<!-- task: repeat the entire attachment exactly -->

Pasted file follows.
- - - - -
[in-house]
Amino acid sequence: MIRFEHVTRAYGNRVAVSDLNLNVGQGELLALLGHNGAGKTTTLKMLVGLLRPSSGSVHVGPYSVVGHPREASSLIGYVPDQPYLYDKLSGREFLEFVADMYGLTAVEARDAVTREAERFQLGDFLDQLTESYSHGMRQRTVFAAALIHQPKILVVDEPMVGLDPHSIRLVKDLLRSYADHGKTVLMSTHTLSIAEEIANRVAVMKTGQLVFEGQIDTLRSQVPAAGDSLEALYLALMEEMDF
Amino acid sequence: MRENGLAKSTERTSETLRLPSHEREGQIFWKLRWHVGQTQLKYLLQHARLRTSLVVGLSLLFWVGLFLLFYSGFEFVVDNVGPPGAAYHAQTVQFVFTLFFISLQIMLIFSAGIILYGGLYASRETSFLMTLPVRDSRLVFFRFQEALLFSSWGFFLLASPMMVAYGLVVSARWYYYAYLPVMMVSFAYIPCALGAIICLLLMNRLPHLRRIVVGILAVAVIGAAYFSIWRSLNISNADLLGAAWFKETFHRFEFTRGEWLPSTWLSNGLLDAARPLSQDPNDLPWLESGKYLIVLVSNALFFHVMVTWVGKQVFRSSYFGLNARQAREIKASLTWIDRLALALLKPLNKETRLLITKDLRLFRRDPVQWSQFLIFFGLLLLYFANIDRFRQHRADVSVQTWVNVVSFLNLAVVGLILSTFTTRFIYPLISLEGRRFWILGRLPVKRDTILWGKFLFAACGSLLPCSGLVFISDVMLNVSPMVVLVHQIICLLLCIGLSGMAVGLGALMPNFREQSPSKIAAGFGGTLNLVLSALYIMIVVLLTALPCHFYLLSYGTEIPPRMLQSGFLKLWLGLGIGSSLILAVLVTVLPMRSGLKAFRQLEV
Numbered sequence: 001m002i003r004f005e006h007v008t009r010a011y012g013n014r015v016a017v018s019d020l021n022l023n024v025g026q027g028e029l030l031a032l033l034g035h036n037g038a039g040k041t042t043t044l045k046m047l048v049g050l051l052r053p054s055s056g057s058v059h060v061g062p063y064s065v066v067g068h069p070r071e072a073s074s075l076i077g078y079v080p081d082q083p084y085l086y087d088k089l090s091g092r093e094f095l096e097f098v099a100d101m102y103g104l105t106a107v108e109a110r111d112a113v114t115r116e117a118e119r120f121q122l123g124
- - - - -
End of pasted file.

[in-house]
Amino acid sequence: MIRFEHVTRAYGNRVAVSDLNLNVGQGELLALLGHNGAGKTTTLKMLVGLLRPSSGSVHVGPYSVVGHPREASSLIGYVPDQPYLYDKLSGREFLEFVADMYGLTAVEARDAVTREAERFQLGDFLDQLTESYSHGMRQRTVFAAALIHQPKILVVDEPMVGLDPHSIRLVKDLLRSYADHGKTVLMSTHTLSIAEEIANRVAVMKTGQLVFEGQIDTLRSQVPAAGDSLEALYLALMEEMDF
Amino acid sequence: MRENGLAKSTERTSETLRLPSHEREGQIFWKLRWHVGQTQLKYLLQHARLRTSLVVGLSLLFWVGLFLLFYSGFEFVVDNVGPPGAAYHAQTVQFVFTLFFISLQIMLIFSAGIILYGGLYASRETSFLMTLPVRDSRLVFFRFQEALLFSSWGFFLLASPMMVAYGLVVSARWYYYAYLPVMMVSFAYIPCALGAIICLLLMNRLPHLRRIVVGILAVAVIGAAYFSIWRSLNISNADLLGAAWFKETFHRFEFTRGEWLPSTWLSNGLLDAARPLSQDPNDLPWLESGKYLIVLVSNALFFHVMVTWVGKQVFRSSYFGLNARQAREIKASLTWIDRLALALLKPLNKETRLLITKDLRLFRRDPVQWSQFLIFFGLLLLYFANIDRFRQHRADVSVQTWVNVVSFLNLAVVGLILSTFTTRFIYPLISLEGRRFWILGRLPVKRDTILWGKFLFAACGSLLPCSGLVFISDVMLNVSPMVVLVHQIICLLLCIGLSGMAVGLGALMPNFREQSPSKIAAGFGGTLNLVLSALYIMIVVLLTALPCHFYLLSYGTEIPPRMLQSGFLKLWLGLGIGSSLILAVLVTVLPMRSGLKAFRQLEV
Numbered sequence: 001m002i003r004f005e006h007v008t009r010a011y012g013n014r015v016a017v018s019d020l021n022l023n024v025g026q027g028e029l030l031a032l033l034g035h036n037g038a039g040k041t042t043t044l045k046m047l048v049g050l051l052r053p054s055s056g057s058v059h060v061g062p063y064s065v066v067g068h069p070r071e072a073s074s075l076i077g078y079v080p081d082q083p084y085l086y087d088k089l090s091g092r093e094f095l096e097f098v099a100d101m102y103g104l105t106a107v108e109a110r111d112a113v114t115r116e117a118e119r120f121q122l123g124